Oral Arguments Set for Gerrymandering Challenge at NH Supreme Court

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Nancy West photo

New Hampshire Supreme Court in Concord.


CONCORD — New Hampshire voters claiming the Executive Council and State Senate districts were unconstitutionally and unlawfully gerrymandered will have their day before the Supreme Court May 11.

The case Brown vs. Scanlan was dismissed by a superior court judge late last year, and appealed to the Supreme Court.

The Plaintiffs, with the National Redistricting Foundation, filed a brief last week claiming the state did not address their arguments, cherry-picked and misrepresented case law, and manufactured hypothetical issues to “shadowbox,” before the court.

The state’s brief claims the plaintiffs have not proven the issue should be before the court, and in similar cases has been turned down by other courts.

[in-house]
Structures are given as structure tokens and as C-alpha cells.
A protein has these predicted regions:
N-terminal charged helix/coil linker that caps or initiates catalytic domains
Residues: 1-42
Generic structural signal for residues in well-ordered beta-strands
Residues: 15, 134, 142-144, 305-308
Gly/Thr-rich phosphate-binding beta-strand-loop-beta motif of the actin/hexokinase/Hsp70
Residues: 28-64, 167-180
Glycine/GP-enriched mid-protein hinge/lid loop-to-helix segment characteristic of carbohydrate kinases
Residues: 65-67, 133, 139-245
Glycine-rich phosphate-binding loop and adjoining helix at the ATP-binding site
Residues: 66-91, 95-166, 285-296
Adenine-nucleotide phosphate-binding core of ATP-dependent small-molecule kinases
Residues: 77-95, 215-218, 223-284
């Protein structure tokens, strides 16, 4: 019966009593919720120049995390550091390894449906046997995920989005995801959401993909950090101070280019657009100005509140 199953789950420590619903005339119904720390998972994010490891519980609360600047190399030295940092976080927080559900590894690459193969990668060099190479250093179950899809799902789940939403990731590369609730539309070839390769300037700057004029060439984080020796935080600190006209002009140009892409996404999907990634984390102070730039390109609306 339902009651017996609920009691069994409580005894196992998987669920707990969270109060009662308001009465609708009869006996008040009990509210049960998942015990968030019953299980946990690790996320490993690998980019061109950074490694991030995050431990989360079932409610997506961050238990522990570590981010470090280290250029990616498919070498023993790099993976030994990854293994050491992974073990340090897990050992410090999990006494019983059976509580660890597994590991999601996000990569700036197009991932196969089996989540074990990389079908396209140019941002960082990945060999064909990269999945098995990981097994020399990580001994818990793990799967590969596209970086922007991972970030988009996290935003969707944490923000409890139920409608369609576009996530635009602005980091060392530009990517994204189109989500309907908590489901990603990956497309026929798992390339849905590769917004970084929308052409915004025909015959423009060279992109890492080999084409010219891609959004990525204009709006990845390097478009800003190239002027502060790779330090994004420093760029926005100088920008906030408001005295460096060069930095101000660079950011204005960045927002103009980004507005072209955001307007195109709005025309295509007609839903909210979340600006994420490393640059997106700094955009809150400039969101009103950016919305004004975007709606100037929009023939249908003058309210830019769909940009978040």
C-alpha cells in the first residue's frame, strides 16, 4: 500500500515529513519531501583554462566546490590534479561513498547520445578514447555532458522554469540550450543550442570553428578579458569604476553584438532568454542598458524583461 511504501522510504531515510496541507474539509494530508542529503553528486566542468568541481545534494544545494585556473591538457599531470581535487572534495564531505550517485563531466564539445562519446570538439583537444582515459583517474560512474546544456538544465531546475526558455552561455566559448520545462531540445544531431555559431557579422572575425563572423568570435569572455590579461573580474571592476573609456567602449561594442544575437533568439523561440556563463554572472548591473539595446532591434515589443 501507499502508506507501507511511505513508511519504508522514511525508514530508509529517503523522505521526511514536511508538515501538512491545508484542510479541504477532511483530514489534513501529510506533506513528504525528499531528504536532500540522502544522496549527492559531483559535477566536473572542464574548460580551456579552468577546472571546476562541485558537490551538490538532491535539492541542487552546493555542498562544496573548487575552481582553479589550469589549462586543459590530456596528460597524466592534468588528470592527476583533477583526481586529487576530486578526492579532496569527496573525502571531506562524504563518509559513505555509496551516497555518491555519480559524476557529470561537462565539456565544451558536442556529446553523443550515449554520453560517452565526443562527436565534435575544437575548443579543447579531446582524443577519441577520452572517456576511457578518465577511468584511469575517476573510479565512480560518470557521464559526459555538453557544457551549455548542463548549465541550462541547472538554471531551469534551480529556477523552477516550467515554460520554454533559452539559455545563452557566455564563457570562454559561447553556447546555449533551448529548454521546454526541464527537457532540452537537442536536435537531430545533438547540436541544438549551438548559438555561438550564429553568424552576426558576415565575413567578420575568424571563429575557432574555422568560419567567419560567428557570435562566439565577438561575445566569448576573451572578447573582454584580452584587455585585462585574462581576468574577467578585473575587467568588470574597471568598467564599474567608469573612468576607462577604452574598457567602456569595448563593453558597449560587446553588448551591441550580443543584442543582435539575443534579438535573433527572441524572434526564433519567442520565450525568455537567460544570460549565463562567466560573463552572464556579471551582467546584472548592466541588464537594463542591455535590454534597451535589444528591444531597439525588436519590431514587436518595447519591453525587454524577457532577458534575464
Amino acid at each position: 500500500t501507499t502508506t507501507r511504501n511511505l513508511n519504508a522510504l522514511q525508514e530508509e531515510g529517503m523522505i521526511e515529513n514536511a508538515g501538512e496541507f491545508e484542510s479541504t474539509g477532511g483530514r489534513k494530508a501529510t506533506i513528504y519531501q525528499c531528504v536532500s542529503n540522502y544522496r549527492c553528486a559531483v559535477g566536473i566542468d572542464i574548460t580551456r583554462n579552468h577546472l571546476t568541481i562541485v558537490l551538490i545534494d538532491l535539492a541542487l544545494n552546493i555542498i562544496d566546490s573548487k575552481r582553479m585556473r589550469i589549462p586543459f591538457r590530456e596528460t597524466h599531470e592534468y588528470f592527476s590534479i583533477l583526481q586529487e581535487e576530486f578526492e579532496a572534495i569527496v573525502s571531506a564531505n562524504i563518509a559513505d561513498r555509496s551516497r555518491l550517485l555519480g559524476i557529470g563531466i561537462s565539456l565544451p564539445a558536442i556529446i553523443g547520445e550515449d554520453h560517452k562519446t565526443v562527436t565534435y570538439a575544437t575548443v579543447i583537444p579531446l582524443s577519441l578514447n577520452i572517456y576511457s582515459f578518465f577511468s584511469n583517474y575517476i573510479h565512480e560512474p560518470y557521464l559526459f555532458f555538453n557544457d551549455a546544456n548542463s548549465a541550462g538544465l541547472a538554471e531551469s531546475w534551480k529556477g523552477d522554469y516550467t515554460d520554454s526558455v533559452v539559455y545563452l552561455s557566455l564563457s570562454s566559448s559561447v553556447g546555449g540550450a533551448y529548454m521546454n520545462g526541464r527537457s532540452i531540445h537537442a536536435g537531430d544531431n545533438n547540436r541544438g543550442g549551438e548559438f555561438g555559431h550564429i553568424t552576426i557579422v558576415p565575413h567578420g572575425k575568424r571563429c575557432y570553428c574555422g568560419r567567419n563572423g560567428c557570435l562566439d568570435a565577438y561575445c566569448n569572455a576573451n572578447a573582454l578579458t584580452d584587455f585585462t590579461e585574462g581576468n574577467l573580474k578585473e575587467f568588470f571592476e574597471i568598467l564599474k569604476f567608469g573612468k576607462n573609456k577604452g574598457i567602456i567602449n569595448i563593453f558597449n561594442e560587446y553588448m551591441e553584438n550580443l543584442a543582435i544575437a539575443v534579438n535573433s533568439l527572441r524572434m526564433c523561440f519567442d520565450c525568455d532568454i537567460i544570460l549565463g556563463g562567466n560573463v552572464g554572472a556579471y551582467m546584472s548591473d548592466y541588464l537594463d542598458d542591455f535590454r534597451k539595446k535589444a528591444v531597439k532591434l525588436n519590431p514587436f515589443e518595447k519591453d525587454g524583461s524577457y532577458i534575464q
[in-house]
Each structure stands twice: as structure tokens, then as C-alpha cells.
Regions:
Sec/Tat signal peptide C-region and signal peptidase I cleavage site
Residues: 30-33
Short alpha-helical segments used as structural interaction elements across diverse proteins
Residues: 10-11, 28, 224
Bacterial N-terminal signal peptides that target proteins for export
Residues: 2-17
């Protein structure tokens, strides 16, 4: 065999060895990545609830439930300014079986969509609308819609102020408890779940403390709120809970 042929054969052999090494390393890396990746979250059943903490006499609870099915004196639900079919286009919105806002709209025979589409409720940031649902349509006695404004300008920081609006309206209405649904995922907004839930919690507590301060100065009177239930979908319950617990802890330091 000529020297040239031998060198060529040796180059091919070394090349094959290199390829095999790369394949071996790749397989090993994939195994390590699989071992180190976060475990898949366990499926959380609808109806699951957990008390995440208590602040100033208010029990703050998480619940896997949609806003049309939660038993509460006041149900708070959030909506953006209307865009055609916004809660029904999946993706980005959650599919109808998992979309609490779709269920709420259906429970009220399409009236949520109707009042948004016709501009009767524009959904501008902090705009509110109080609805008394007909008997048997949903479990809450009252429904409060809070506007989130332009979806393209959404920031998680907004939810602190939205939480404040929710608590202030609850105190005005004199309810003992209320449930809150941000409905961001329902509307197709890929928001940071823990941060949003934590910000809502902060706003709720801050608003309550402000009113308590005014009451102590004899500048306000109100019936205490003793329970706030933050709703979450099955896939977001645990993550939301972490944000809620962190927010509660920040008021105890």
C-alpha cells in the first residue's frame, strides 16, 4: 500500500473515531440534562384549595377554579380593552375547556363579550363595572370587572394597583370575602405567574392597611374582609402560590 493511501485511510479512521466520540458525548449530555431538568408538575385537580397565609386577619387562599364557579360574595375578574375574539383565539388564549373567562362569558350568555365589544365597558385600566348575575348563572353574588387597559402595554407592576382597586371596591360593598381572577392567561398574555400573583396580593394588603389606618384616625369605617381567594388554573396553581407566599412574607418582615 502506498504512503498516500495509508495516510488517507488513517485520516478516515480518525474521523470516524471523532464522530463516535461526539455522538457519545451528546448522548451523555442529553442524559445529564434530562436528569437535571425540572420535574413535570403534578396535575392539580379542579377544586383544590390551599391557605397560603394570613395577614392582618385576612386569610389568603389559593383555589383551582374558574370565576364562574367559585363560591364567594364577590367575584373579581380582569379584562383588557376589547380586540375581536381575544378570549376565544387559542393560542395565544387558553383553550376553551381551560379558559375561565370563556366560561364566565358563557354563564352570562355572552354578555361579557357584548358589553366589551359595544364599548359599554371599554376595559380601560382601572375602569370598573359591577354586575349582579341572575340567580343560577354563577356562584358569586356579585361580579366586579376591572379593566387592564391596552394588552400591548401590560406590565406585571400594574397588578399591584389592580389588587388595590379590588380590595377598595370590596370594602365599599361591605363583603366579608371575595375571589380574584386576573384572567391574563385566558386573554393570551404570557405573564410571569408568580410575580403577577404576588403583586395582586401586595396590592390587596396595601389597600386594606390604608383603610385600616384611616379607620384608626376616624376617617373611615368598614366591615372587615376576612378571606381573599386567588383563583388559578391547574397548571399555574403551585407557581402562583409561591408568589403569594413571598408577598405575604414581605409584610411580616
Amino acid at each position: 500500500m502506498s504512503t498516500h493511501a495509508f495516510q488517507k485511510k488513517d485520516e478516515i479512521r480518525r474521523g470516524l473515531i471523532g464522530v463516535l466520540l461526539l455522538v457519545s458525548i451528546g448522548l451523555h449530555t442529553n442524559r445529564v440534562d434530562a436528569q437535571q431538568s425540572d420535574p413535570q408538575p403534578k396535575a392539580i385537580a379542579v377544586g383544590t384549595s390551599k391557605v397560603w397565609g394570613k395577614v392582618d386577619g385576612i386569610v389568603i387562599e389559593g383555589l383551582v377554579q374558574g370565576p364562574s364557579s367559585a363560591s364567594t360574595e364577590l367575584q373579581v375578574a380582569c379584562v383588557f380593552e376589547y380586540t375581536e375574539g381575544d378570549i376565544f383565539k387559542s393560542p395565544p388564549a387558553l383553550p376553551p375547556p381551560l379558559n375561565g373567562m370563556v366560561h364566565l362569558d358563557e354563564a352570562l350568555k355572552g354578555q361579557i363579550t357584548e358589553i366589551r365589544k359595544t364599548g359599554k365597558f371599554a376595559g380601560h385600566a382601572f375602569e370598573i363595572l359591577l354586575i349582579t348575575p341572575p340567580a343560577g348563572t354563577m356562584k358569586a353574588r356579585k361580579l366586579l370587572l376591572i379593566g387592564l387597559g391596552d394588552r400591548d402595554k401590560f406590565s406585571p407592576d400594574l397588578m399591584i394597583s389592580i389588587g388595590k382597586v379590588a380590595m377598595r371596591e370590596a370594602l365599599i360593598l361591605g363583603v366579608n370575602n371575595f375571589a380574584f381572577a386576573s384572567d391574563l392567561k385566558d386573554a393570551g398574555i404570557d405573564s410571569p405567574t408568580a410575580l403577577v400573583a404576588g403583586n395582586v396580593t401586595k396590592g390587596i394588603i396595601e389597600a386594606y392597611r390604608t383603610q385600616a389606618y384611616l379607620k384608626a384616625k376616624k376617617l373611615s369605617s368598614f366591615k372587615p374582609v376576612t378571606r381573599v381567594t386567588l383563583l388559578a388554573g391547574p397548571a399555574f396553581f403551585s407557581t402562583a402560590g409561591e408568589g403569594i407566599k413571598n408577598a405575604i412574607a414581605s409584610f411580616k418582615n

The original case was dismissed by Hillsborough County Superior Court Judge Jacalyn Colburn Oct. 5 as she cited the constitutional independence of the three branches of government and no specific constitutional prohibition on gerrymandering as reasons for dismissing the suit.

She said the constitution clearly gives the legislature the authority to redraw the state’s political boundaries, and past cases indicate the court should be very careful not to usurp that power.

But the plaintiffs’ appeal refutes that contention.

The plaintiffs, a group of New Hampshire voters including former House Speaker Terie Norelli, claim the redrawn districts approved by the Republican controlled legislature and signed by GOP Gov. Chris Sununu, were politically gerrymandered to give their party an overwhelming majority in the Senate and Executive Council which disenfranchises Democrats with more registered voters in the state than Republicans.